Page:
Religious groups clash in Sri Lanka, leave 5 injured

In a clash between the majority Sinhalese Buddhists and the minority Muslims in eastern Sri Lanka, at least five people were injured and various shops and a mosque were damaged, said the police on Tuesday.

Spokesperson Ruwan Gunasekara said that after a Sinhalese mob attacked a mosque, four shops and numerous vehicles in the eastern town of Ampara late on Monday, police had been deployed to curb the tensions. He also added that no arrests had been made so far.

Discord has been growing between the two communities since last year, after some hardline Buddhist groups alleged the Muslims of forcing people to convert to Islam and vandalising Buddhist archaeological sites.

After more than 20 attacks on Muslims, including arson at Muslim-owned businesses and mosques, diplomats condemned violence against the minority group and urged the government to uphold their rights and freedom of religion.

The Muslim Council of Sri Lanka (MCSL), an umbrella body that includes most Muslim organisations in the country, condemned the attack and requested the government to order for an impartial inquiry into it and arrest the perpetrators.

“The government has the sole responsibility to ensure the safety and security of all its citizens irrespective of religious belief, caste or ethnicity,” the Council said in a statement.

“This form of mob violence is continuing to grow and Muslim business establishments are targeted.”
Although President Maithripala Sirisena and Prime Minister Ranil Wickremasinghe have promised to protect the minorities, the attacks against Muslims have not stopped.

Muslims comprise about nine percent of Sri Lanka’s population of 21 million, while Buddhists make up about 70 percent and Hindus 13 percent.

Last year, the United Nations criticised Sri Lanka for slow progress in addressing war crimes and human rights violations. They have accused the Sri Lankan military of killing thousands of civilians, mostly Tamils, in the last weeks of the full-blown 26-year civil war, defeating mostly Hindu Tamil Tiger rebels in 2009.

 

(Source: Reuters)

by TNBC Staff Reporter on February 28, 2018

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Religious groups clash in Sri Lanka, leave 5 injured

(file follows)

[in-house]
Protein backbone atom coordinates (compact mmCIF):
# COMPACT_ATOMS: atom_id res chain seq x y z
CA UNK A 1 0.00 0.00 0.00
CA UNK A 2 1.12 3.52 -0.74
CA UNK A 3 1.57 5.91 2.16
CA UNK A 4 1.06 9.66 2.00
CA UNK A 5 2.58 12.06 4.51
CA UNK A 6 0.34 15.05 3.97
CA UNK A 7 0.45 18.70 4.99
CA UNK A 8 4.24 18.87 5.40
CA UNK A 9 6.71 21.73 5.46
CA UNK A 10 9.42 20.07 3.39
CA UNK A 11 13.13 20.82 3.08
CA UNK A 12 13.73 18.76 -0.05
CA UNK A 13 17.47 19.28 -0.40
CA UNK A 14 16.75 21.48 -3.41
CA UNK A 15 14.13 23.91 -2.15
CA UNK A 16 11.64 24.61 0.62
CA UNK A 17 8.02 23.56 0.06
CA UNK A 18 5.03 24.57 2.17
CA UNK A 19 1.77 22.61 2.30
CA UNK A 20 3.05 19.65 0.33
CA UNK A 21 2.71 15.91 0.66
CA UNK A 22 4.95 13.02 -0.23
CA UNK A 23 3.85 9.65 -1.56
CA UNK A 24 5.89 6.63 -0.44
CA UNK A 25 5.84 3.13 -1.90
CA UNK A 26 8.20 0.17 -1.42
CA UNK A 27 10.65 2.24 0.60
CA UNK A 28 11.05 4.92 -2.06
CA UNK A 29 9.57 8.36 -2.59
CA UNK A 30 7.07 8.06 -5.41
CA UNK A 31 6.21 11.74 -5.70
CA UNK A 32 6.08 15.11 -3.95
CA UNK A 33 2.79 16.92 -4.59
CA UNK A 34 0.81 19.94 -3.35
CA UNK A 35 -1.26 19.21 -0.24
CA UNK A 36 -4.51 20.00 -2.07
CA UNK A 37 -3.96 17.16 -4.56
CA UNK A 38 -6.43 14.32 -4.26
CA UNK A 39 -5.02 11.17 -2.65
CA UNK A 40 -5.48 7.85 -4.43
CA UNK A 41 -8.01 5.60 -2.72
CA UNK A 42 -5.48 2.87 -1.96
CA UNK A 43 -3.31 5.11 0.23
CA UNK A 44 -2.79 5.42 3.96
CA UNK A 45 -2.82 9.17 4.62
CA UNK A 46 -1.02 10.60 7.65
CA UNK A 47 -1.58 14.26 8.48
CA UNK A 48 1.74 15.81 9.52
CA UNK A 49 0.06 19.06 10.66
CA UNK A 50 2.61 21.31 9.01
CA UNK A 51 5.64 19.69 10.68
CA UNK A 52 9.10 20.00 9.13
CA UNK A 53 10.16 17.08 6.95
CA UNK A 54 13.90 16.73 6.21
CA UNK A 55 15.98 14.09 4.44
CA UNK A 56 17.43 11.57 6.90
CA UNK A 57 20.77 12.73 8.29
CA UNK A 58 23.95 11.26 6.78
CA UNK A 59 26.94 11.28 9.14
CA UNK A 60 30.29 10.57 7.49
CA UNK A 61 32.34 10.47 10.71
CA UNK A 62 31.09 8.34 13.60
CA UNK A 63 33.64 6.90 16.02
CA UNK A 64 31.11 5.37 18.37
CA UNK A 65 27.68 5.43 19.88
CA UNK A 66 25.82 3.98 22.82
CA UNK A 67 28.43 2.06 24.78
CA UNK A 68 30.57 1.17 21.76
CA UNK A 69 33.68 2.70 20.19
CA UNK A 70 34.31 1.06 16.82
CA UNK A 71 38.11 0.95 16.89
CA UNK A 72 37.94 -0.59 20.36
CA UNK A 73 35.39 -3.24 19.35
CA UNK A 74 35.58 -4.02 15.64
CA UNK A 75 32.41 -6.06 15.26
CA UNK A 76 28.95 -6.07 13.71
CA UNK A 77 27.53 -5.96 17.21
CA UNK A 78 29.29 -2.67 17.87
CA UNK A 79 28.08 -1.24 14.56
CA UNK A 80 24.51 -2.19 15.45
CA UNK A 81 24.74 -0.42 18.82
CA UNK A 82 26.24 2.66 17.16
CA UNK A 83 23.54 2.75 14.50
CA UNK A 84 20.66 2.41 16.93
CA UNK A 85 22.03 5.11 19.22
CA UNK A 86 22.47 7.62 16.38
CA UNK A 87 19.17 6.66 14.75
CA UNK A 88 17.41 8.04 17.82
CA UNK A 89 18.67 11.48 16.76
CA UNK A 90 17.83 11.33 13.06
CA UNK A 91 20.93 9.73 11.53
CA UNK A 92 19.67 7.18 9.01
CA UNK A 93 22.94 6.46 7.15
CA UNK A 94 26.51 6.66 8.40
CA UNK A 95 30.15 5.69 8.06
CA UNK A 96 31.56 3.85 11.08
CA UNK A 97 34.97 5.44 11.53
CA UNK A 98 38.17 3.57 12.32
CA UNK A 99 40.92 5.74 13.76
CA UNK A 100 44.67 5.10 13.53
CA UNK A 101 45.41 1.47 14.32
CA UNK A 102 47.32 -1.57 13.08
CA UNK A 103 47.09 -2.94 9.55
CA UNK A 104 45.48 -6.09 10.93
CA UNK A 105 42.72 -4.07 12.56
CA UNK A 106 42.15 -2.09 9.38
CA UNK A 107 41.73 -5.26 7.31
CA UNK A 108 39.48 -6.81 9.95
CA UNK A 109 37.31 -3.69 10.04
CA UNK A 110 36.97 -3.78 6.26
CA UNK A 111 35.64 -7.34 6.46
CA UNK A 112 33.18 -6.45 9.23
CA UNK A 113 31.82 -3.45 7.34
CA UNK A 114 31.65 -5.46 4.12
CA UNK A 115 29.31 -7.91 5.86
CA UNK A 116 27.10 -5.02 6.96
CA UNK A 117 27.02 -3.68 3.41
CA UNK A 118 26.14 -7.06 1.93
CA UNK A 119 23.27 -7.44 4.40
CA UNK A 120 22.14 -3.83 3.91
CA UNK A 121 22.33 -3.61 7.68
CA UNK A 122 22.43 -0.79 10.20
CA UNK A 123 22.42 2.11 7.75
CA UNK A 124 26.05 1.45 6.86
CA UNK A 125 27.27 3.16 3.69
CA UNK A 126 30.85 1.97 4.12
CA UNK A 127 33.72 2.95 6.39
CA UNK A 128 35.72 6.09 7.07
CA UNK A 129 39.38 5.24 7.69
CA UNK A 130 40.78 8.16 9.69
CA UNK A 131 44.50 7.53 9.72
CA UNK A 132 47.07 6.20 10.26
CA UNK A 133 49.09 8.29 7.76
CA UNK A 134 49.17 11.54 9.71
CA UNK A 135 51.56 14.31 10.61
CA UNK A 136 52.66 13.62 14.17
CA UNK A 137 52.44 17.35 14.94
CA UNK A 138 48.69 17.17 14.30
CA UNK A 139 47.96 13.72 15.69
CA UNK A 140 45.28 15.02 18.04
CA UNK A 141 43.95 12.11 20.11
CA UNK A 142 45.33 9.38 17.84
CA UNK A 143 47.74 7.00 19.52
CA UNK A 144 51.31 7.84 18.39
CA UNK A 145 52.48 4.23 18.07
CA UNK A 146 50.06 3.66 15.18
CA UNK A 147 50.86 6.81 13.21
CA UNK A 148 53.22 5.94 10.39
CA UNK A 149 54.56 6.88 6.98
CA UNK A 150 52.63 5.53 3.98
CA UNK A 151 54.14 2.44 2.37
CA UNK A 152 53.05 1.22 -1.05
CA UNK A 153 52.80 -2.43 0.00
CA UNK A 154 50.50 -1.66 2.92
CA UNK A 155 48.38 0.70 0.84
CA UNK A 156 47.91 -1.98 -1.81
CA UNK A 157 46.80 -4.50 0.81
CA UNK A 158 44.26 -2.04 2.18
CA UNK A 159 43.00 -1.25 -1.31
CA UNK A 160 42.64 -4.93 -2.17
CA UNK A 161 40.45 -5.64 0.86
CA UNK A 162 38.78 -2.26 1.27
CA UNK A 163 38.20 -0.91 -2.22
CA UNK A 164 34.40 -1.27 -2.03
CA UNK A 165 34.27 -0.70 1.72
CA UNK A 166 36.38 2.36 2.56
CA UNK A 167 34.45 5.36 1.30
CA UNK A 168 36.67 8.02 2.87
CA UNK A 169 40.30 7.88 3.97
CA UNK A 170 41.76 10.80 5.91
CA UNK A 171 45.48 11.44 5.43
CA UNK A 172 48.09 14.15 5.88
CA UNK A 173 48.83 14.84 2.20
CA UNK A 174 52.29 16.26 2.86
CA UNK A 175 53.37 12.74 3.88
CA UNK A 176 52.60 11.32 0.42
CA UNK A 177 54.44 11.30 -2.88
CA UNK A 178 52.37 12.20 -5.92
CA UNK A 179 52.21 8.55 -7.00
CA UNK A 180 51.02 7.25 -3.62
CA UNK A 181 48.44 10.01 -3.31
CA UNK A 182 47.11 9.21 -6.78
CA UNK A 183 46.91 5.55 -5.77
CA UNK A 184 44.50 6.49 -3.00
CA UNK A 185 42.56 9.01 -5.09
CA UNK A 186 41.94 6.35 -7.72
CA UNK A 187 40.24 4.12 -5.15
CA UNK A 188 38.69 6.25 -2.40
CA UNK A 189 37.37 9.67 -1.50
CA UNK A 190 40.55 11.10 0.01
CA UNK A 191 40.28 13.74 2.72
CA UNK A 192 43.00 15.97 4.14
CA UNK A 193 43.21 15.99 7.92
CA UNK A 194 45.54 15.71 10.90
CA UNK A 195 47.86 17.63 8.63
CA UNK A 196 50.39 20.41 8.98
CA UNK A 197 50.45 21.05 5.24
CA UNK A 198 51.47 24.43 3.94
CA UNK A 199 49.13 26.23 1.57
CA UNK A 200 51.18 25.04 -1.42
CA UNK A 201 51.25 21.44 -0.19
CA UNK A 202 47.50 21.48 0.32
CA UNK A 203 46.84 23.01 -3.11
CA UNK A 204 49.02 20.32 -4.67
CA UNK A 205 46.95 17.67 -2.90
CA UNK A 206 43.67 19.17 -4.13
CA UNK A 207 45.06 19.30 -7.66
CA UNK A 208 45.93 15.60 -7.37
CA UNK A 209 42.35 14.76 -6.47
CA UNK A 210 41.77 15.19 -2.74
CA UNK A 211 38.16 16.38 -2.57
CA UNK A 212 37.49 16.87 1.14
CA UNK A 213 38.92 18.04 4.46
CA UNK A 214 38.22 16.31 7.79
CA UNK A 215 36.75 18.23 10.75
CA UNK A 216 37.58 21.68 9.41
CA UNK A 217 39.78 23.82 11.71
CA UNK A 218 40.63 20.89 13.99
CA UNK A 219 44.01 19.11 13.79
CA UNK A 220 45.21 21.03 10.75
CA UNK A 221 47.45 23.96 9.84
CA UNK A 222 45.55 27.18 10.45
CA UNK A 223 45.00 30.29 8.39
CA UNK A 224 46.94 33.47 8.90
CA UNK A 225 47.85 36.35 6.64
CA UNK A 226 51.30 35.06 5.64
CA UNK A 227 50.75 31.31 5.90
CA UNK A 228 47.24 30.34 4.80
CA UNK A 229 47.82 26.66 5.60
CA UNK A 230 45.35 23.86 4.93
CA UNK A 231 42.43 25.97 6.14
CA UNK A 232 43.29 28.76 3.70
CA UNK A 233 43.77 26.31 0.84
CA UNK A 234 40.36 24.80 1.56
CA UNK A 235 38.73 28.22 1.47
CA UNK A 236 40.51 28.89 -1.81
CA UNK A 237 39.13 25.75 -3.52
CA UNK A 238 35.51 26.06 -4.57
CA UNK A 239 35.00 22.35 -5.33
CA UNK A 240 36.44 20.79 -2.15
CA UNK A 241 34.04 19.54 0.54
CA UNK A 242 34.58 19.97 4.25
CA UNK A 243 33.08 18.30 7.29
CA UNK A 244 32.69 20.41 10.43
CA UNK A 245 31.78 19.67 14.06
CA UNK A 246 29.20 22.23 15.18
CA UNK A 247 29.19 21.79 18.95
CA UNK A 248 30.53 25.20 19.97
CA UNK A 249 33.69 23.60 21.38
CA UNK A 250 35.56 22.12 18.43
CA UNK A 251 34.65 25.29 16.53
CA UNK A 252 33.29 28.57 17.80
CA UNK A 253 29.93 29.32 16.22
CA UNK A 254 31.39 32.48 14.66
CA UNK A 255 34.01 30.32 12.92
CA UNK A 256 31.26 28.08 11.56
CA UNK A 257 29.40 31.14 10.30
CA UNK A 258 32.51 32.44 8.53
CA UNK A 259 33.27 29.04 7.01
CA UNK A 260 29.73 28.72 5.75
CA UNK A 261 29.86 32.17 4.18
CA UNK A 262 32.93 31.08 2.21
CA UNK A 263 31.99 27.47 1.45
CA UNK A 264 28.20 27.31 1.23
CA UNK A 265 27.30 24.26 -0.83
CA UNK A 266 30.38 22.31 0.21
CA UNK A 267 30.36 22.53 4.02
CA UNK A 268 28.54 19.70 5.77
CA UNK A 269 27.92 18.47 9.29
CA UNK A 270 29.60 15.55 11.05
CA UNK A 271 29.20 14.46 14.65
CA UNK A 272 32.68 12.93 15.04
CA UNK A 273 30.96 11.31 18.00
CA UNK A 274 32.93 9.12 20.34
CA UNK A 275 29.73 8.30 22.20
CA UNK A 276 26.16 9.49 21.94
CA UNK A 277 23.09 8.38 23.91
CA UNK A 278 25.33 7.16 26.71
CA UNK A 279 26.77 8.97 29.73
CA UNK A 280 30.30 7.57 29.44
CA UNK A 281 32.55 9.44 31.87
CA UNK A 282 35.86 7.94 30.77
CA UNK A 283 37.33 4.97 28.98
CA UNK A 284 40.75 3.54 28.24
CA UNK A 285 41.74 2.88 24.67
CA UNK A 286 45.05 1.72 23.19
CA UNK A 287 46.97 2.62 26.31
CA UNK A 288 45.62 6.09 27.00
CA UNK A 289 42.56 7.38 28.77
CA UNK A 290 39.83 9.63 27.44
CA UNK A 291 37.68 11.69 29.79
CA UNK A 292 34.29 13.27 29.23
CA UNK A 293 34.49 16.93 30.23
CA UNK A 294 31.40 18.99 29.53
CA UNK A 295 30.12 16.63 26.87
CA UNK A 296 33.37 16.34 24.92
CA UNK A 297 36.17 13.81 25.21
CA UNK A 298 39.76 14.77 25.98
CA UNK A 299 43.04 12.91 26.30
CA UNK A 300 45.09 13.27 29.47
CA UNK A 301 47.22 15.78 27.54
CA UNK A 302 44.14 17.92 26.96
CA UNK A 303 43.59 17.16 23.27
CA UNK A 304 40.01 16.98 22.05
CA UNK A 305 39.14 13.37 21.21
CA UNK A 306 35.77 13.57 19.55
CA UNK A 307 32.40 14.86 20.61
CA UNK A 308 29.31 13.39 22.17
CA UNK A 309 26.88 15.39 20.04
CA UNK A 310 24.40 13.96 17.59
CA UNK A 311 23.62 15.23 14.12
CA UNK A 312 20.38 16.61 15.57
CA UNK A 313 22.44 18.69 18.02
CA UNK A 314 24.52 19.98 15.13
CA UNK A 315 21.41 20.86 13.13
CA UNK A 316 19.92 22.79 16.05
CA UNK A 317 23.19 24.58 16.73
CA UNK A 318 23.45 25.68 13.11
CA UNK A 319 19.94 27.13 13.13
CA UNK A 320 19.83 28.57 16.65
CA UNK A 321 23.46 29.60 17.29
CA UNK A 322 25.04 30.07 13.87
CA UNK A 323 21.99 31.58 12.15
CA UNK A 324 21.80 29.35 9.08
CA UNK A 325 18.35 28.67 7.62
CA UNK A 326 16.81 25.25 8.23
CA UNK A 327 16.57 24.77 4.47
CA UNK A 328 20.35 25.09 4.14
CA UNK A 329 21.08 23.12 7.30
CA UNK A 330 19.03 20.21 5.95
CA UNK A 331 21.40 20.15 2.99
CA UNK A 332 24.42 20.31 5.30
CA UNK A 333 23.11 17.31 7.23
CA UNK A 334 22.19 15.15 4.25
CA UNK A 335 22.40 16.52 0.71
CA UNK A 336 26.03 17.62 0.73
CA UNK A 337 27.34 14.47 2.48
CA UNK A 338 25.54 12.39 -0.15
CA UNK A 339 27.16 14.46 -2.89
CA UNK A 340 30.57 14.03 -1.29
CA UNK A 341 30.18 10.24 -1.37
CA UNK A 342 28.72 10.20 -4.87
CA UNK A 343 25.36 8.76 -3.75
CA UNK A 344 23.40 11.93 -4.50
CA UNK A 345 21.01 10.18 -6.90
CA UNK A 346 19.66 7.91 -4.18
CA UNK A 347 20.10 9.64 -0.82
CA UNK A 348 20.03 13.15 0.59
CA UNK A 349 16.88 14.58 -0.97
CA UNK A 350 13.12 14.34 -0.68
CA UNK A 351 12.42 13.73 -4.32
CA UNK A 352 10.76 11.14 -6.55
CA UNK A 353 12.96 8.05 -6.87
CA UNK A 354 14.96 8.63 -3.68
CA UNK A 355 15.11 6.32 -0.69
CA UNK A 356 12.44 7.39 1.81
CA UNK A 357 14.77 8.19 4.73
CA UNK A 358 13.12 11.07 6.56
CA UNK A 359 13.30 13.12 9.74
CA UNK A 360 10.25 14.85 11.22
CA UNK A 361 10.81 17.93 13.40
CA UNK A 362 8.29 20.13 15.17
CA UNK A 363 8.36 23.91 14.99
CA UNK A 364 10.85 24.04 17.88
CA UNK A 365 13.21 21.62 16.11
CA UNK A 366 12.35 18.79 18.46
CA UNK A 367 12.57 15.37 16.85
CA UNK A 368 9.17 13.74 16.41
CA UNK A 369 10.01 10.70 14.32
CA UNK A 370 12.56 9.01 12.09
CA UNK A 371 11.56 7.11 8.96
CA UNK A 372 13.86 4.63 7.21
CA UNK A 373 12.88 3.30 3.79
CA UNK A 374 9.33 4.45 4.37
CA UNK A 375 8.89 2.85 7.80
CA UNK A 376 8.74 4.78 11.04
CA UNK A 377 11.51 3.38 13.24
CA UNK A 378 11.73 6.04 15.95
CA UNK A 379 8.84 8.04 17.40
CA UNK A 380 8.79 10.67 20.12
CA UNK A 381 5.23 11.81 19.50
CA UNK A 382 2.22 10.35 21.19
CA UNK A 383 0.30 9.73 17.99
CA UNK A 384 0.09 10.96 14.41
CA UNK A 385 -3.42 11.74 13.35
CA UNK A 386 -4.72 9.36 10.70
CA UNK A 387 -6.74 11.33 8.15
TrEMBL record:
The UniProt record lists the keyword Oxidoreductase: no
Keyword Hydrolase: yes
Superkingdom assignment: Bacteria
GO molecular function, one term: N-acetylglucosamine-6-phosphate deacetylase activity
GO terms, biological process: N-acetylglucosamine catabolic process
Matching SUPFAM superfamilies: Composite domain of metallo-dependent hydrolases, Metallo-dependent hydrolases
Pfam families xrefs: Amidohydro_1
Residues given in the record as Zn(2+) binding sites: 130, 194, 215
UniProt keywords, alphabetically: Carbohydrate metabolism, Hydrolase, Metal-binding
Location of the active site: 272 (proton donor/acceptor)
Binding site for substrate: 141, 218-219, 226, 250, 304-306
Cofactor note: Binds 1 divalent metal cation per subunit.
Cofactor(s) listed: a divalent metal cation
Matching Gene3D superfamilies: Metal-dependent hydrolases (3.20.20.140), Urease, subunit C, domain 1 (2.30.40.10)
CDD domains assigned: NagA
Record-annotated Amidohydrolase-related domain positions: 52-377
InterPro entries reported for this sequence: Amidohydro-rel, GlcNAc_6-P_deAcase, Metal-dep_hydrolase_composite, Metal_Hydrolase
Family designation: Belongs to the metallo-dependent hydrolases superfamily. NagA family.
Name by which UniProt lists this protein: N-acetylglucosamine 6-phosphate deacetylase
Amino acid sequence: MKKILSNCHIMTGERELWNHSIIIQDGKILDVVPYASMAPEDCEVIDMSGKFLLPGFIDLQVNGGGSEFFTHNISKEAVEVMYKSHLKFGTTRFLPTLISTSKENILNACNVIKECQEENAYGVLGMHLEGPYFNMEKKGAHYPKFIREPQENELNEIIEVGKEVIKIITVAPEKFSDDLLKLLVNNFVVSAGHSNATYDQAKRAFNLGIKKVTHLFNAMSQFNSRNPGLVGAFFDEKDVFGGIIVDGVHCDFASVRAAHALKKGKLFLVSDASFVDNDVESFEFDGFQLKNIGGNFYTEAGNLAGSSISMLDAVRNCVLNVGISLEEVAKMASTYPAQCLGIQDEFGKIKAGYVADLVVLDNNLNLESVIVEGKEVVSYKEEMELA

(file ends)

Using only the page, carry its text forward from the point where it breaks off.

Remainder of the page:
In a clash between the majority Sinhalese Buddhists and the minority Muslims in eastern Sri Lanka, at least five people were injured and various shops and a mosque were damaged, said the police on Tuesday.

Spokesperson Ruwan Gunasekara said that after a Sinhalese mob attacked a mosque, four shops and numerous vehicles in the eastern town of Ampara late on Monday, police had been deployed to curb the tensions. He also added that no arrests had been made so far.

Discord has been growing between the two communities since last year, after some hardline Buddhist groups alleged the Muslims of forcing people to convert to Islam and vandalising Buddhist archaeological sites.

After more than 20 attacks on Muslims, including arson at Muslim-owned businesses and mosques, diplomats condemned violence against the minority group and urged the government to uphold their rights and freedom of religion.

The Muslim Council of Sri Lanka (MCSL), an umbrella body that includes most Muslim organisations in the country, condemned the attack and requested the government to order for an impartial inquiry into it and arrest the perpetrators.

“The government has the sole responsibility to ensure the safety and security of all its citizens irrespective of religious belief, caste or ethnicity,” the Council said in a statement.

“This form of mob violence is continuing to grow and Muslim business establishments are targeted.”
Although President Maithripala Sirisena and Prime Minister Ranil Wickremasinghe have promised to protect the minorities, the attacks against Muslims have not stopped.

Muslims comprise about nine percent of Sri Lanka’s population of 21 million, while Buddhists make up about 70 percent and Hindus 13 percent.

Last year, the United Nations criticised Sri Lanka for slow progress in addressing war crimes and human rights violations. They have accused the Sri Lankan military of killing thousands of civilians, mostly Tamils, in the last weeks of the full-blown 26-year civil war, defeating mostly Hindu Tamil Tiger rebels in 2009.

 

(Source: Reuters)

by TNBC Staff Reporter on February 28, 2018

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